Team Behind the Team – Paddle Australia’s Women’s Canoe Slalom coach, Myriam Fox

It’s an age-old debate, does nature or nurture best determine a person’s personality and path? Perhaps there’s a clue in Myriam Fox’s story.

Myriam and Richard Fox are both former Olympic athletes and parents to the most successful Canoe Slalom paddler of all-time, Jess Fox, and world championship gold medallist, Noemie Fox. Seems clear-cut, genetics and nature for the win, right?

Not so fast, because that would greatly under-sell Myriam Fox’s decorated coaching credentials. Indeed, Myriam has nurtured generations of paddlers from pathways to Olympic podiums over more than two decades as a coach with Paddle Australia. Just last year, Myriam was awarded the IOC Coaches Lifetime Achievement Award for her broad contribution to the sport in Australia and globally.

Yes, she’s mum to two elite athletes, but Myriam Fox is also their coach, senior coach to the national women’s Canoe Slalom program, and a global ambassador for the growth of her sport.

“I was a senior coach before [Jess and Noemie] came into the picture [as high performance athletes], so they’re used to it and I think I switch easily with the cap of the mum or the coach,” French-born Myriam says.

“In the past I’ve really been working vertically, so taking many girls, young girls from before the juniors, and then following them in juniors, Under 23’s and into the senior team and, of course, Olympic team. Now that we have more coaches in the pathway, I am mainly the senior coach.”

Myriam Fox was a phenomenal athlete for France, claiming 10 medals at ICF Canoe Slalom World Championships and competing at two Olympic Games, with bronze in Atlanta 1996.

Her results and dedication as a coach for Australia have been incredible too. While her role now focuses on the Australian Women’s Senior Canoe Slalom program, she’s passionate about expanding the sport at all levels.

In particular, Myriam has been a crusader for greater gender equity in paddle and was one of the key protagonists behind the introduction of Women’s C1 into the Olympic program for Tokyo 2020. Fittingly, the inaugural Olympic title was won by her daughter and athlete Jess.

Jess Fox’s success has undoubtedly raised the profile of Canoe Slalom in Australia, but Myriam Fox is confident the sport can also capitalise on participation growth as Australia prepares to host the 2025 World Championships in Sydney and the Brisbane 2032 Olympic and Paralympic Games.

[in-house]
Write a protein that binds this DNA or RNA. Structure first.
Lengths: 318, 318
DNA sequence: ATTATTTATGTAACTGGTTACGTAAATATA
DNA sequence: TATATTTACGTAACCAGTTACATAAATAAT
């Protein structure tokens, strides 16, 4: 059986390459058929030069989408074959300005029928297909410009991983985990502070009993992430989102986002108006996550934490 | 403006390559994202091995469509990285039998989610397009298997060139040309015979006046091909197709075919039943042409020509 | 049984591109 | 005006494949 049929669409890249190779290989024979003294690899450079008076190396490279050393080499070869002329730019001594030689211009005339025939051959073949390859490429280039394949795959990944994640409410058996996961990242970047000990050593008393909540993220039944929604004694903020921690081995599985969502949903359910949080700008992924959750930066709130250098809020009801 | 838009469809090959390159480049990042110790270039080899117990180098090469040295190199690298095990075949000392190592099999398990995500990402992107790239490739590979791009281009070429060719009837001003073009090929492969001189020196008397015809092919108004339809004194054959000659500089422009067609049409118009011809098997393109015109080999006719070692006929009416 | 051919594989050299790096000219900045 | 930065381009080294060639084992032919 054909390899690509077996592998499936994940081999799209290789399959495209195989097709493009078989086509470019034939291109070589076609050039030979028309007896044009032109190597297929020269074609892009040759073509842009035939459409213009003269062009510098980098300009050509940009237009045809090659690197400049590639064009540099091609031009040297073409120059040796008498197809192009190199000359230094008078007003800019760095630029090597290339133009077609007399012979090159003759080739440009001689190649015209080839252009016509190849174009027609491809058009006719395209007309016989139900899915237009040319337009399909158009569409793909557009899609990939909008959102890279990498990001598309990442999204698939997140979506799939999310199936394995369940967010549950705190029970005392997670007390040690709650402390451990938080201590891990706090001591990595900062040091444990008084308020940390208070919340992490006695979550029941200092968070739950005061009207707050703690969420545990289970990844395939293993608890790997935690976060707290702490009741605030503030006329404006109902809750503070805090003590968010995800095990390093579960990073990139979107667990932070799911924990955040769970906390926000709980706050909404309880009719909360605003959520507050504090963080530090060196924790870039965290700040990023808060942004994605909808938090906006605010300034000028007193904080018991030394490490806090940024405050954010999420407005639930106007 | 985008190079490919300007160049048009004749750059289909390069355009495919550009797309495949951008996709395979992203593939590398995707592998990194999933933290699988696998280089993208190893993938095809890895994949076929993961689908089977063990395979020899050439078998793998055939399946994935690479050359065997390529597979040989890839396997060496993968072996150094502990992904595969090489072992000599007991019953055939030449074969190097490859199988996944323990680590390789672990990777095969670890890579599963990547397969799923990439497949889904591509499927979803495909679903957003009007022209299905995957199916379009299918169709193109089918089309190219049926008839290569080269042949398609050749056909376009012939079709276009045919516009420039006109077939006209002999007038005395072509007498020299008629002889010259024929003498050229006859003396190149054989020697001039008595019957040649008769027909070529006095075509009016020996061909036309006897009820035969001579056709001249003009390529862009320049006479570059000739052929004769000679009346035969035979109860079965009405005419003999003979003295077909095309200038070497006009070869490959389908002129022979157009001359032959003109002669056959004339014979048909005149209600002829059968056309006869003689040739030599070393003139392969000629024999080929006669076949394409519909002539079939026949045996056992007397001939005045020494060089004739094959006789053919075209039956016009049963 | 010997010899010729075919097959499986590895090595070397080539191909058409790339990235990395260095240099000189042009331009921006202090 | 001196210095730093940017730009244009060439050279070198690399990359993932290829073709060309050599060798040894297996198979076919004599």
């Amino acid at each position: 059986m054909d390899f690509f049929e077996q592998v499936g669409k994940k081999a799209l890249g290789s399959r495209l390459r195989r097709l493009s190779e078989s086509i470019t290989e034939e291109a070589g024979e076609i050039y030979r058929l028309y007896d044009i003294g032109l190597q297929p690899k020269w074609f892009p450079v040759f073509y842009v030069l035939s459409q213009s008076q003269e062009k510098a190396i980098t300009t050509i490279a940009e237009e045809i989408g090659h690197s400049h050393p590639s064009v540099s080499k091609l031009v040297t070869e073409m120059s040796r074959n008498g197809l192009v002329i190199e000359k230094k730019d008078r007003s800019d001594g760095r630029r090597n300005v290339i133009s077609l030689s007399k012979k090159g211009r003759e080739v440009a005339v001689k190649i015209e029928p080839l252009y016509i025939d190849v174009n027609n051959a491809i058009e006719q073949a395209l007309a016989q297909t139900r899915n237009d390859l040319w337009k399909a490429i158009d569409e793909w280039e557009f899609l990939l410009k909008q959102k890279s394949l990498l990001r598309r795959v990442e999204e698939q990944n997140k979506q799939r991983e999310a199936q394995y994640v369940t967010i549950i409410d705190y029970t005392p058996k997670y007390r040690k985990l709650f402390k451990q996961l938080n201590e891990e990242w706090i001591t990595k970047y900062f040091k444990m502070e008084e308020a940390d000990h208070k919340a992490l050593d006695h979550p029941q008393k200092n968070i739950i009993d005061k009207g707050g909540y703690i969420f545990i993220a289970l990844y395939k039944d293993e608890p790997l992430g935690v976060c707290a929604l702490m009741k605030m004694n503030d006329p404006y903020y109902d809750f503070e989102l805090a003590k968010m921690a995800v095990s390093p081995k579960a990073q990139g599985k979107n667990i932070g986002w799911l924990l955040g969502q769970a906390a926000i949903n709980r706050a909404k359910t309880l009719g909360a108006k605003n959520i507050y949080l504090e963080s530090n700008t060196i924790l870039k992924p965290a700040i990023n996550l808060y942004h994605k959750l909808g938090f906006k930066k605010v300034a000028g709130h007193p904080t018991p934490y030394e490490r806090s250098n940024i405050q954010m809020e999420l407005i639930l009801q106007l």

She says pathways coaching and more accessibility to the sport – including a second international standard venue in Brisbane, adding to the venue in Penrith– can be critical over the coming decade.

“I think it’s fantastic that we have pathways coaches, especially when they base themselves here [in Penrith], because it’s the only real international site, so they know we could actually do a lot of work with [the pathways athletes] technically and physically. They can also train with the senior athletes and world champions and Olympic champions. So, for them, it should be very special.

“With another venue, hopefully ahead of ’32 in Brisbane, it’s going to be fantastic to have those two sites for the community. So hopefully the pathways will grow, there will be more athletes and we could fill up in all the [competitive] classes.”

“What we probably want more of is more people doing [the sport], to have even stronger momentum. And out of the more people, maybe we will have more athletes reaching the highest level.”

This year will be incredibly important in readiness for the Paris 2024 Olympics. Early quota spots will be up for grabs at the World Championships, enabling teams to have a longer and smoother preparation.

Always the nurturer as a coach, Myriam is focusing with her athletes on continual improvement.

“The technique evolves and when we have an athlete, especially like Jess, who has been on top and number one for so many years, we need to be ahead of the game – focusing on supporting our athletes both as paddlers and as people. I say ‘we’ because I involve a lot of our athletes in the way we train, we think and we plan. We need to really think outside the box and improve because there are always those who want to overtake us.

“There’s a lot of potential in the Canoe Slalom team and I was lucky to have [overseen] medals and bring medals at each Olympics. So every year, every four years, we’re having a good team, and I believe it will be the same for 2024.”

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